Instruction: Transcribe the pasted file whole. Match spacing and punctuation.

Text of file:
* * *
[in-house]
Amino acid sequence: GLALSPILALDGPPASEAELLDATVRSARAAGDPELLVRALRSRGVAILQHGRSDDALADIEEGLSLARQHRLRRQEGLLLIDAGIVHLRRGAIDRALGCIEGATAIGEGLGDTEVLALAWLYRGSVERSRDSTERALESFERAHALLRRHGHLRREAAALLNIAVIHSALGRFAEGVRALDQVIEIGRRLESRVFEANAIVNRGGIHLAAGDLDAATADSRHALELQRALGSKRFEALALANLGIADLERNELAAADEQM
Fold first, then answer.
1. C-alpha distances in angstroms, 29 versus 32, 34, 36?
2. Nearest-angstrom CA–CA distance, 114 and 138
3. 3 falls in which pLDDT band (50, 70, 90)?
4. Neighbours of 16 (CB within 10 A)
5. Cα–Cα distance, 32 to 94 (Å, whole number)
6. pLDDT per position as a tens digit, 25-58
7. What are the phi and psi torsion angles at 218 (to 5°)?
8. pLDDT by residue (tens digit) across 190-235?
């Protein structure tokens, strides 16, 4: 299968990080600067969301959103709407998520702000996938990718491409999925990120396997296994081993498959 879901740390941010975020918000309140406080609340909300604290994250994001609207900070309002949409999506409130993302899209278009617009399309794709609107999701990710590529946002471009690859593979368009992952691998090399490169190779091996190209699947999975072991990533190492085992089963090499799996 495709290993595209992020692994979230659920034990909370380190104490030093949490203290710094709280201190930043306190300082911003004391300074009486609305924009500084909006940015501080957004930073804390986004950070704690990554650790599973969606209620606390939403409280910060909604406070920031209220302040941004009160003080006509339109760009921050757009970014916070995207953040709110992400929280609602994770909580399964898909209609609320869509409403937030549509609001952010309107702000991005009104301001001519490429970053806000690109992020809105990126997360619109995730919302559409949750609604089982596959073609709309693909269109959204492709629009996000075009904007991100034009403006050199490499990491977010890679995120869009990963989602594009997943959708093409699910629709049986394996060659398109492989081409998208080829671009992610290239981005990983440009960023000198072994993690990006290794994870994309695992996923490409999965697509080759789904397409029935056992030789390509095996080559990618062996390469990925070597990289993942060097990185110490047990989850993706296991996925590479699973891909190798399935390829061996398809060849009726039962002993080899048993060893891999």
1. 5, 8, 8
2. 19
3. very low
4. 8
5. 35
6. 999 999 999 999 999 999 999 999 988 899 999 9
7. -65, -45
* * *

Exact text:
[in-house]
Amino acid sequence: GLALSPILALDGPPASEAELLDATVRSARAAGDPELLVRALRSRGVAILQHGRSDDALADIEEGLSLARQHRLRRQEGLLLIDAGIVHLRRGAIDRALGCIEGATAIGEGLGDTEVLALAWLYRGSVERSRDSTERALESFERAHALLRRHGHLRREAAALLNIAVIHSALGRFAEGVRALDQVIEIGRRLESRVFEANAIVNRGGIHLAAGDLDAATADSRHALELQRALGSKRFEALALANLGIADLERNELAAADEQM
Fold first, then answer.
1. C-alpha distances in angstroms, 29 versus 32, 34, 36?
2. Nearest-angstrom CA–CA distance, 114 and 138
3. 3 falls in which pLDDT band (50, 70, 90)?
4. Neighbours of 16 (CB within 10 A)
5. Cα–Cα distance, 32 to 94 (Å, whole number)
6. pLDDT per position as a tens digit, 25-58
7. What are the phi and psi torsion angles at 218 (to 5°)?
8. pLDDT by residue (tens digit) across 190-235?
């Protein structure tokens, strides 16, 4: 299968990080600067969301959103709407998520702000996938990718491409999925990120396997296994081993498959 879901740390941010975020918000309140406080609340909300604290994250994001609207900070309002949409999506409130993302899209278009617009399309794709609107999701990710590529946002471009690859593979368009992952691998090399490169190779091996190209699947999975072991990533190492085992089963090499799996 495709290993595209992020692994979230659920034990909370380190104490030093949490203290710094709280201190930043306190300082911003004391300074009486609305924009500084909006940015501080957004930073804390986004950070704690990554650790599973969606209620606390939403409280910060909604406070920031209220302040941004009160003080006509339109760009921050757009970014916070995207953040709110992400929280609602994770909580399964898909209609609320869509409403937030549509609001952010309107702000991005009104301001001519490429970053806000690109992020809105990126997360619109995730919302559409949750609604089982596959073609709309693909269109959204492709629009996000075009904007991100034009403006050199490499990491977010890679995120869009990963989602594009997943959708093409699910629709049986394996060659398109492989081409998208080829671009992610290239981005990983440009960023000198072994993690990006290794994870994309695992996923490409999965697509080759789904397409029935056992030789390509095996080559990618062996390469990925070597990289993942060097990185110490047990989850993706296991996925590479699973891909190798399935390829061996398809060849009726039962002993080899048993060893891999």
1. 5, 8, 8
2. 19
3. very low
4. 8
5. 35
6. 999 999 999 999 999 999 999 999 988 899 999 9
7. -65, -45